Step 6: Building, Testing, Improving

So far we've made sure we understand the context of our bot, created a list of intents, trained our bot to understand those intents, decided on a persona, and designed our conversation flow.

The bot is now ready to be built.


We won't get into the technology and architecture used to develop our bots in this blog series, but it's worth mentioning that take an agile approach to the development cycle.

Agile development allows for close collaboration with our clients. In this approach, development is iterative and organised into 1 – 3 week "sprints". The early sprints will prioritise functionality needed for the minimum viable product (MVP) to be released. Later sprints will improve the MVP with updates.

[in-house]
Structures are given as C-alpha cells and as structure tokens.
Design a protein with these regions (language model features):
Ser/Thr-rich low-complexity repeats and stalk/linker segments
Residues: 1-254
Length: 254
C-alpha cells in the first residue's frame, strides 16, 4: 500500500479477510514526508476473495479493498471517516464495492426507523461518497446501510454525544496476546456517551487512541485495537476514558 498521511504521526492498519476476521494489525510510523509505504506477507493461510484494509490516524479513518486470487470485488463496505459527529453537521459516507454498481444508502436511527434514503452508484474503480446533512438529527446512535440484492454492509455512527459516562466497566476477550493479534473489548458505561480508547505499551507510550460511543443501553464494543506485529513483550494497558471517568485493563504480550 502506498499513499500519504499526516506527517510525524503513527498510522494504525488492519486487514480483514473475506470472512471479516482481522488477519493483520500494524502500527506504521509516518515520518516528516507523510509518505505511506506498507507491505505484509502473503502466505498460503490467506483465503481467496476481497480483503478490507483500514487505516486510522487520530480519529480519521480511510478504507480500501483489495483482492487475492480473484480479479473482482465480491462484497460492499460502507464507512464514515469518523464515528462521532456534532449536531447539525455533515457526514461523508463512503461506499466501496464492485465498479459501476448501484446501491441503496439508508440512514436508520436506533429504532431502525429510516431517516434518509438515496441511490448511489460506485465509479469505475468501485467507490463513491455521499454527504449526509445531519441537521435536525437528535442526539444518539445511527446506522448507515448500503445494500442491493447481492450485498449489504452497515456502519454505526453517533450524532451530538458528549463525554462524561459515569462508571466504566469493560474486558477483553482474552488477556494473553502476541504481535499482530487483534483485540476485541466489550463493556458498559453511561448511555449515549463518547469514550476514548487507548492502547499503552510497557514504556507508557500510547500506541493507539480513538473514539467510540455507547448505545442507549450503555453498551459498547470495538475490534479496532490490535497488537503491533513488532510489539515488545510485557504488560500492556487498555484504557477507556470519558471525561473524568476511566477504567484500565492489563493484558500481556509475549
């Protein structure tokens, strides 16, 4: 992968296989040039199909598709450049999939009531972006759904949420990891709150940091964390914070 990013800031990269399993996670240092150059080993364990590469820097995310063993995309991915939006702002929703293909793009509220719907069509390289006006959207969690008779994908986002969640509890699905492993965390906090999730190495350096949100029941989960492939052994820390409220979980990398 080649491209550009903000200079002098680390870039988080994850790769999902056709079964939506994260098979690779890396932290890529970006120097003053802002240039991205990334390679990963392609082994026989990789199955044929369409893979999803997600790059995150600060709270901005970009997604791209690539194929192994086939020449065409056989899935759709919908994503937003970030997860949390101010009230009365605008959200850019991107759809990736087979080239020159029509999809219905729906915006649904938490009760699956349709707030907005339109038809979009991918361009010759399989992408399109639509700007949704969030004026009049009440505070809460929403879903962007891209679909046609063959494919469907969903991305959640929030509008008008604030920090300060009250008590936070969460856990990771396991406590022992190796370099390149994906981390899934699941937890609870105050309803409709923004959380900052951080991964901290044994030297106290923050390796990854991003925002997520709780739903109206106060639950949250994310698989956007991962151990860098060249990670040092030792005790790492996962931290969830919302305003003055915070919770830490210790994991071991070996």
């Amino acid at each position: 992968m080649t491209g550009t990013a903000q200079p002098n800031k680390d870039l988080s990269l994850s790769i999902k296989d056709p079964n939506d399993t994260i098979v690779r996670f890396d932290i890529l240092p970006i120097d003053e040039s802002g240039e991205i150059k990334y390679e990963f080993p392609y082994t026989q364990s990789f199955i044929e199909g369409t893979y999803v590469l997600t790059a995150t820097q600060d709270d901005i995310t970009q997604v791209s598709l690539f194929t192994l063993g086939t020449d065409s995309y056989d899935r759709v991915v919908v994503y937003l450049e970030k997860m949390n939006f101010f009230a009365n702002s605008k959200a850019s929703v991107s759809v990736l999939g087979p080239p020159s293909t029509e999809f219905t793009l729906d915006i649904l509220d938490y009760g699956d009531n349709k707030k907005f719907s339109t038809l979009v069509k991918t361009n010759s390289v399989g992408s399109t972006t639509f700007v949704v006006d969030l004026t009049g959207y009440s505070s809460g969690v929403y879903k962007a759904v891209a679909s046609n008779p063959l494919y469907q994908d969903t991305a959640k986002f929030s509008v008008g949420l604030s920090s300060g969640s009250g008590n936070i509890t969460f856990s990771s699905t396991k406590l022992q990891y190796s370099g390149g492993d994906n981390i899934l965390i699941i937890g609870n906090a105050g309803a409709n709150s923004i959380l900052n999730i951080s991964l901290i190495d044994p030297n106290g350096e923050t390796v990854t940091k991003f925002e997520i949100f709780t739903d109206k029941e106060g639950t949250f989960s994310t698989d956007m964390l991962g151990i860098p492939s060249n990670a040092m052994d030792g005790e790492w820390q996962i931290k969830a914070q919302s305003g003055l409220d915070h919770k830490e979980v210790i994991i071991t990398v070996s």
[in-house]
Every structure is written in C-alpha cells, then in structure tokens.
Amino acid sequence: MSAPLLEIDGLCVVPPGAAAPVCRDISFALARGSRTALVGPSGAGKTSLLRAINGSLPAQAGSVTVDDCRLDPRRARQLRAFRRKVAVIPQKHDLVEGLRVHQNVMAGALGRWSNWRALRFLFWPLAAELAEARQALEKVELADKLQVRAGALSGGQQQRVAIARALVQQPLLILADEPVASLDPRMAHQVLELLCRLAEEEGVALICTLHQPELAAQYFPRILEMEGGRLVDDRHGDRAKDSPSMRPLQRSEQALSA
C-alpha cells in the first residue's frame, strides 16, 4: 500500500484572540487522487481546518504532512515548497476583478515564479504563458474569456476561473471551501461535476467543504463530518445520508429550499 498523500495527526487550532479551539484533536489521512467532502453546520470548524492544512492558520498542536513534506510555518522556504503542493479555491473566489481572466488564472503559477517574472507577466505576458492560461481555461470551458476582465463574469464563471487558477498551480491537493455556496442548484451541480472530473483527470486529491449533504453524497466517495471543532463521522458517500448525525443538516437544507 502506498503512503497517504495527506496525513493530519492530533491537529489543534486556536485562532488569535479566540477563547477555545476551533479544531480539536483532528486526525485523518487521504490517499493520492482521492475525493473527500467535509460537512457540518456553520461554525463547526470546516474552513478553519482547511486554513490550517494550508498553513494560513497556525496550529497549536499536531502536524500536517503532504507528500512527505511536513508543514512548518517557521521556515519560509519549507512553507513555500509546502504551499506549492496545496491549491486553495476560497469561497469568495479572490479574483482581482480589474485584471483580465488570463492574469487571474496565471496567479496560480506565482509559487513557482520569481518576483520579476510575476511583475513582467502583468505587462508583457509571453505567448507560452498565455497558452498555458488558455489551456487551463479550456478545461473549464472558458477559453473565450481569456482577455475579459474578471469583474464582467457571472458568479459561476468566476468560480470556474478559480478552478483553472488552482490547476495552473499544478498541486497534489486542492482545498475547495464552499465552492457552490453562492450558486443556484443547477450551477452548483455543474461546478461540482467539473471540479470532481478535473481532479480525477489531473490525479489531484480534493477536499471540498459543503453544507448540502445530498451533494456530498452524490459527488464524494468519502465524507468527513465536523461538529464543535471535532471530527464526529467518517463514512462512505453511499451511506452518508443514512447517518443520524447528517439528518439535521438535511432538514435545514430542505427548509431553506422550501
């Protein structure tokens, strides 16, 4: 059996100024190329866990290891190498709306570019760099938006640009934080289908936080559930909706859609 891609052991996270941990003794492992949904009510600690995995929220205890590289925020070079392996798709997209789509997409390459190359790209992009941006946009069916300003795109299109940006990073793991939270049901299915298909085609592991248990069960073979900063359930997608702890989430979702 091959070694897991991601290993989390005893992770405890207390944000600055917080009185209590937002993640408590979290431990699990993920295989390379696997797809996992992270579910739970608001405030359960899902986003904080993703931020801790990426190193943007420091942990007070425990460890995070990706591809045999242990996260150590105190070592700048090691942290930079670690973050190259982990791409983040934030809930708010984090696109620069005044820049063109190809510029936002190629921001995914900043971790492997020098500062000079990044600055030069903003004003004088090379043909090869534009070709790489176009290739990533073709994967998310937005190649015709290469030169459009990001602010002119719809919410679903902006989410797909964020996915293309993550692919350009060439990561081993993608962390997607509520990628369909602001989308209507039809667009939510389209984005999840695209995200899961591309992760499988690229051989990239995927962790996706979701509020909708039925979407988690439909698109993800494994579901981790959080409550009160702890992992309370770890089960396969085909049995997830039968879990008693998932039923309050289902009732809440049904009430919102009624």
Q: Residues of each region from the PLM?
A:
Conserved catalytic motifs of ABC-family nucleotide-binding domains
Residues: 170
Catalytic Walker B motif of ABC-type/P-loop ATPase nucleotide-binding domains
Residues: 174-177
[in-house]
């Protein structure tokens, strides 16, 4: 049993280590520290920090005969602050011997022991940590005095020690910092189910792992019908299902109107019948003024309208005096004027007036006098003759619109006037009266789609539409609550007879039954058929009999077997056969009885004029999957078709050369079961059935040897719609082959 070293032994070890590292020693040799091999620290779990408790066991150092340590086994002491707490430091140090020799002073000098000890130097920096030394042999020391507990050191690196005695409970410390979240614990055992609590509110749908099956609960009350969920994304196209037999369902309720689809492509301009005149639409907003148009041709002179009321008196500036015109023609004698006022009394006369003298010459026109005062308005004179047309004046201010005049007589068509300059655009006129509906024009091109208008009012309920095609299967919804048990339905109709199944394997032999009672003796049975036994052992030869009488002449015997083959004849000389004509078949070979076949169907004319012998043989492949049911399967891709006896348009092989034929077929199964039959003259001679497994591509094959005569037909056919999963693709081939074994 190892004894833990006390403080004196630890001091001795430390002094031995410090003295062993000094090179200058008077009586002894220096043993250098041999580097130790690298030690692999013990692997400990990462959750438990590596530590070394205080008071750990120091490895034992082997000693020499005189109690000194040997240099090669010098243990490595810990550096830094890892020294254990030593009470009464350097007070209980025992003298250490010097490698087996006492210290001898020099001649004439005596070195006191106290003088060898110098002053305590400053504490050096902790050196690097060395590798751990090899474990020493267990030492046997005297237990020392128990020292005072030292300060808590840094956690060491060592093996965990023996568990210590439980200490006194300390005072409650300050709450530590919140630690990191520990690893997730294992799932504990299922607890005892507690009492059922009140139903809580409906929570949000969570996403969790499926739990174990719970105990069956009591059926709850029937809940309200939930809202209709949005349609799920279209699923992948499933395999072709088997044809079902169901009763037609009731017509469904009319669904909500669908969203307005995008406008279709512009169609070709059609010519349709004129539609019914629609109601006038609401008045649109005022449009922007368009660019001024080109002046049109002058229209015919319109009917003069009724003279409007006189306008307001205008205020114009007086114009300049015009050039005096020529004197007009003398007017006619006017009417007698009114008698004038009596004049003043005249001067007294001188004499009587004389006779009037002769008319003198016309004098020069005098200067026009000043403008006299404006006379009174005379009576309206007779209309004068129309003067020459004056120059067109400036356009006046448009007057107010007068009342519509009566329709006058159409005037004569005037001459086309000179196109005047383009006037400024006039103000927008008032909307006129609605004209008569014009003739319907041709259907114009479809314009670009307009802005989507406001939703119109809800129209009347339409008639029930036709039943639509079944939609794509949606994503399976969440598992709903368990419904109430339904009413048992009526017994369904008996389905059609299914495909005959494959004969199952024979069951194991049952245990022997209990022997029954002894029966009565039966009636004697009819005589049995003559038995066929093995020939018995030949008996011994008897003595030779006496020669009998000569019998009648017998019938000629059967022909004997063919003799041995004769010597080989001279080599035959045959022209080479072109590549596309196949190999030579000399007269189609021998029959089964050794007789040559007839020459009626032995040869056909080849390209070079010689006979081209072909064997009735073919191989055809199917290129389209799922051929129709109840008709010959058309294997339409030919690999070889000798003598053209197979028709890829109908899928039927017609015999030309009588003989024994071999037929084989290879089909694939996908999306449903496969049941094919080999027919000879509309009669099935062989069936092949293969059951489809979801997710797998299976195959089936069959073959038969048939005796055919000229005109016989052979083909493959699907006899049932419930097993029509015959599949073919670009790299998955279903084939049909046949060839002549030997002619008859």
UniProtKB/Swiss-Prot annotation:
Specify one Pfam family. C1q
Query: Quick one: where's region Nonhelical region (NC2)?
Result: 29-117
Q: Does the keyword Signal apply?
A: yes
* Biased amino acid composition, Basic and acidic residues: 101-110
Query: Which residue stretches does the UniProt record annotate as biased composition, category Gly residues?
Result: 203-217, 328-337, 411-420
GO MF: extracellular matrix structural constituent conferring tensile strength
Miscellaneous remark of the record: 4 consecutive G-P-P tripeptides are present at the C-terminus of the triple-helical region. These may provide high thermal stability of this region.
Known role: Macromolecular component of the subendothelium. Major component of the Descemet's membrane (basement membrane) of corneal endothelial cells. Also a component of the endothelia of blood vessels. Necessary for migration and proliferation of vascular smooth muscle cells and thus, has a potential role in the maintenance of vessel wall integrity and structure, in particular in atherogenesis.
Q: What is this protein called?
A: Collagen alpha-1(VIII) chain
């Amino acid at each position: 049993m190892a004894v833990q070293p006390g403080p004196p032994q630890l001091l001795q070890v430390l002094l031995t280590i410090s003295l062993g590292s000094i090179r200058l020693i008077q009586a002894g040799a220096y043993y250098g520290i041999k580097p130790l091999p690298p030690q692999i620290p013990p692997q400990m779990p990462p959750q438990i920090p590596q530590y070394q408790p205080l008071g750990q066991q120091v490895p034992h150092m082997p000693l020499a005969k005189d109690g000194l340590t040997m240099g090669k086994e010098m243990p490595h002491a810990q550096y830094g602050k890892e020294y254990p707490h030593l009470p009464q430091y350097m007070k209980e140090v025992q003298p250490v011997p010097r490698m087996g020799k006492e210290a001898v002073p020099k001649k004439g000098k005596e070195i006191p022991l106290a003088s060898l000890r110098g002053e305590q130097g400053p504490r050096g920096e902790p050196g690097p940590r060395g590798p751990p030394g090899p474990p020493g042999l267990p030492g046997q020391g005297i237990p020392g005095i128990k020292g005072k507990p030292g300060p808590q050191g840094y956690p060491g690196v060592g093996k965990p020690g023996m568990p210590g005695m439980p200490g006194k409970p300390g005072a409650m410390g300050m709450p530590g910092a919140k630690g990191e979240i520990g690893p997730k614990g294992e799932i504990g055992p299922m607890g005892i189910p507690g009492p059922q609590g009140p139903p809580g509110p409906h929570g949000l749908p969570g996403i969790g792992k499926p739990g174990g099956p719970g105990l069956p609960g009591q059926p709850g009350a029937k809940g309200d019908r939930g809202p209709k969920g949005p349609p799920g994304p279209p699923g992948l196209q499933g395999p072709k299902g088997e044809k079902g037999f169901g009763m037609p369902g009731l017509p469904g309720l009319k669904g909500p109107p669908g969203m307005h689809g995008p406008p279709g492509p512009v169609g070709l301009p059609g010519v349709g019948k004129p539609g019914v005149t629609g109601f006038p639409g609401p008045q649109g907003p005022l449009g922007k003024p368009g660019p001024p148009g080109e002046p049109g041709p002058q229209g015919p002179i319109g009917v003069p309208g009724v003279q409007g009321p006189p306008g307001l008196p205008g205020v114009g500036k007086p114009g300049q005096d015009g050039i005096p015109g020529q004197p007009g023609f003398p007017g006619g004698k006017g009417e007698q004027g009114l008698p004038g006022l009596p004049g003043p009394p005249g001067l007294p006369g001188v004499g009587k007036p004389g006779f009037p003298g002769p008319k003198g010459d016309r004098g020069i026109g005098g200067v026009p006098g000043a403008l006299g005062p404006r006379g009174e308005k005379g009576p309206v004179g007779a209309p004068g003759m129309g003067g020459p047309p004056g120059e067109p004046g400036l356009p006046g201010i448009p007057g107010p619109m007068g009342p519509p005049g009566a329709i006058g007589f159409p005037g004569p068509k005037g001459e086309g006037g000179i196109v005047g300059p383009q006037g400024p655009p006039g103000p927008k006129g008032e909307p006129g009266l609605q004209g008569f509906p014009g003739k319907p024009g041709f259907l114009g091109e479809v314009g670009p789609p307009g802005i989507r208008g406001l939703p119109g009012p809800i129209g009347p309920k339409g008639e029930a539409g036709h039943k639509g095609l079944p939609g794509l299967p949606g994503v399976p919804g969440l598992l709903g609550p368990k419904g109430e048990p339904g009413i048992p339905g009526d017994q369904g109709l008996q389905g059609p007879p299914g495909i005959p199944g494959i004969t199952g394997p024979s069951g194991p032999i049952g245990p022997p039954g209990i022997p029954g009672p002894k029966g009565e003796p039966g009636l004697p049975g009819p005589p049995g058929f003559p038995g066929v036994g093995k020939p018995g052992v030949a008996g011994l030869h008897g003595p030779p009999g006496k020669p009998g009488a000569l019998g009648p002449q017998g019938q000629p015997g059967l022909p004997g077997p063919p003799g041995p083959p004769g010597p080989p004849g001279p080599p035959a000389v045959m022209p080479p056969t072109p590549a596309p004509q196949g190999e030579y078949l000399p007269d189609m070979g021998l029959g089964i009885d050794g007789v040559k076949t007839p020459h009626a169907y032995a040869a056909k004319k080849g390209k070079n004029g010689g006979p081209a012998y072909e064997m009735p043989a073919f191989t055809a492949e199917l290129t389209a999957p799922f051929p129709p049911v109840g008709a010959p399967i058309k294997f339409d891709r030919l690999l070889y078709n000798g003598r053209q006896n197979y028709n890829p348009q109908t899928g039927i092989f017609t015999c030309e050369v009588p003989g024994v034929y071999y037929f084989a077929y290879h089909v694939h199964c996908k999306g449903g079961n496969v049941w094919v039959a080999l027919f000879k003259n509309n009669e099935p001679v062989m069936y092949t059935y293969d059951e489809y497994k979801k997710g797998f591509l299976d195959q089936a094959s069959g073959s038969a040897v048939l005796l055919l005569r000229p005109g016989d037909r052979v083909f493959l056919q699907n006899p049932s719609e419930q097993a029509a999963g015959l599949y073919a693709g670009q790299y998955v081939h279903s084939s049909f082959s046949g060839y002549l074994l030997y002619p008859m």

After testing our software internally, we move in to the user acceptance testing (UAT) phase to get real-life user input as soon as possible to validate our design choices. We often use focus groups in early development, where we give participants a task (such as retrieving a tax certificate) without any instructions. Here we can see how easily (and how) the users navigate the bot naturally, where they get stuck, and what their impressions of the bot are.

Once the bot is live, we also have a look at our conversation data , which can tell us where users get stuck in dead ends or loops, as well as what the most popular routes users take are. This kind of data can also show us the main user drop-off points, which offers valuable insight into where users are getting frustrated or bored.


The building and testing phases can be repeated once the bot is live and feedback is coming in. We constantly tweak our language, logic, flows, and design along the way, aiming for continuous improvement in the user experience, as well as the bot's functionality and natural language processing capabilities.